First I start by taking the photo, this a long exposer image using the "bulb" or "mirror up" setting as it's called now. It's taken by popping several bursts of flash units with coloured gels over them. That creates the colour and the sense of motion (interestingly I don't use this technique anymore since digital is so light sensitive you can get away with a lot less time and light). This was one of the last film images I made before jumping to digital last year (minus pinhole that is). So once I had the image scanned off the negative I adjusted the lighting and printed out the image.
Once that is done, I move to the next step, mounting and painting.
My last major series like this was mounted on matte board, I wanted something heavier and different this time. I went with MDF board (most people call this pressed wood or self board). I use an acrylic gel to mount the images, it has the same texture as acrylic paint but dries (mostly) transparent. I love this medium as it nicely blends the paint to the photo and makes a more consistent piece. This photo was taken after the first coat of the gel had dried and I started the first layer of paint around it. I'm sure any painter looking at this will find my techniques horrendous, I've never been all that skilled a painter or drawer and that may be the whole reason I started making these style of images. I love the act of drawing and painting, but I could never make a realistic style and in many was I don't really like total realism anyway, but I do want people to look like people if you know what I mean.
From there I would slowly add layers day after day till I got to the final image.
The last step is an application of the gel over the entire surface, thus completing the piece.
Once it's dry it's ready for display. I had issues with finding out how to hang the piece however. Since this was my first experience using this board for mounting a bought a cheaper thin piece. There was no way to put mounting hardware on the back. I ended up glueing a thicker piece of board on the back and screwing hardware into it.
Hanging a piece like this was very awkward, especially on the stairs. But we got it up and it looked awesome.
So that is the story of that piece. It's been very good to me so far, even got me an article photo in the Brunswickan (UNB's newspaper).
To say the least, despite it's dark overtone, I find this piece extremely beautiful. Here's my studio shot archival image (which is on my website) for a better view.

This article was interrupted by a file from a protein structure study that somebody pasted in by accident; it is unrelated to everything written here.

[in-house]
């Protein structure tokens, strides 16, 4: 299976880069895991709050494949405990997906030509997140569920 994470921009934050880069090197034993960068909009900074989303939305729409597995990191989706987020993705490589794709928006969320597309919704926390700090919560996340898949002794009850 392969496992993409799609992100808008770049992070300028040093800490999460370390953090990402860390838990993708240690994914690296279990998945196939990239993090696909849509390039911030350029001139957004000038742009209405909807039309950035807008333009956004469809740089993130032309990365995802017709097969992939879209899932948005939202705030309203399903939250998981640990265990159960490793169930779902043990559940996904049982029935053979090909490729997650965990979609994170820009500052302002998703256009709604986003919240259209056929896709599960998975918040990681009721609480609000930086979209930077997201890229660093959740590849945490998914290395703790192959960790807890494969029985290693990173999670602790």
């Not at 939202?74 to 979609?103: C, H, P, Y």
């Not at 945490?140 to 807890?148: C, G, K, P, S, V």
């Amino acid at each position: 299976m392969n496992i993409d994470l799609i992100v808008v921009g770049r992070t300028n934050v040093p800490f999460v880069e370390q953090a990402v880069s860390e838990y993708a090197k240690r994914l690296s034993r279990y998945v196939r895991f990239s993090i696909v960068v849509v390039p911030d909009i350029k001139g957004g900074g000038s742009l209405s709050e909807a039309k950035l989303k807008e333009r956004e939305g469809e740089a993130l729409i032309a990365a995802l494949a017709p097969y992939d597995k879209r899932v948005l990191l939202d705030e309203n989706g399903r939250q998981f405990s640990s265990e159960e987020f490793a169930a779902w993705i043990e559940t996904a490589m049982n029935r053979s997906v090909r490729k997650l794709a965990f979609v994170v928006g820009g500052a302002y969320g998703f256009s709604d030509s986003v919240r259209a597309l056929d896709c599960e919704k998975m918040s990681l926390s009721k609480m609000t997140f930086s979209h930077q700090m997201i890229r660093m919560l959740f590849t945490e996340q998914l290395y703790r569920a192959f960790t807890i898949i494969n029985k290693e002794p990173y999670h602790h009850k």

I know this post is long, but I won't talk about the next piece very long. Originally I was going to hang "Living Machine" along side of "Monotony" but didn't finish it in time. I shot the photo for this before the "Monotony" image, and it was originally just a refresher into this style since I had not made any in a few years at that point. I think the original idea was about internet addiction and it still sort of shows. I wasn't a huge fan of the image till I became more familiar with H.R. Giger's work again and really wanted to make a biomechanical person in an image. I thought of this image and then decided it would work very well to represent that. This was never intended to copy Giger's work, but rather it was inspired by it. It's the same process as "Monotony" so I won't talk about each image, but I did use a thicker board this time, which I'm also using for my, currently in development, steampunk project "Steamed Vision". Enough talk, here are the pictures.
In a way I used the "Space Jockey" image Giger made for the movie Alien as my starting point. So if you see that in it, there is a reason.
One really cool thing to mention that doesn't come off to much in the photo, is the fact there was a lot of metallic acrylic paint used in the image, so it actually changes slightly in the light as you walk by it. It's inspired me to use this medium in future work.
A little weird and dark I know, but for some reason this kind of art has an intoxicating lure to me. I know this was a long read, but hopefully you found it interesting!
-Larry M. Holder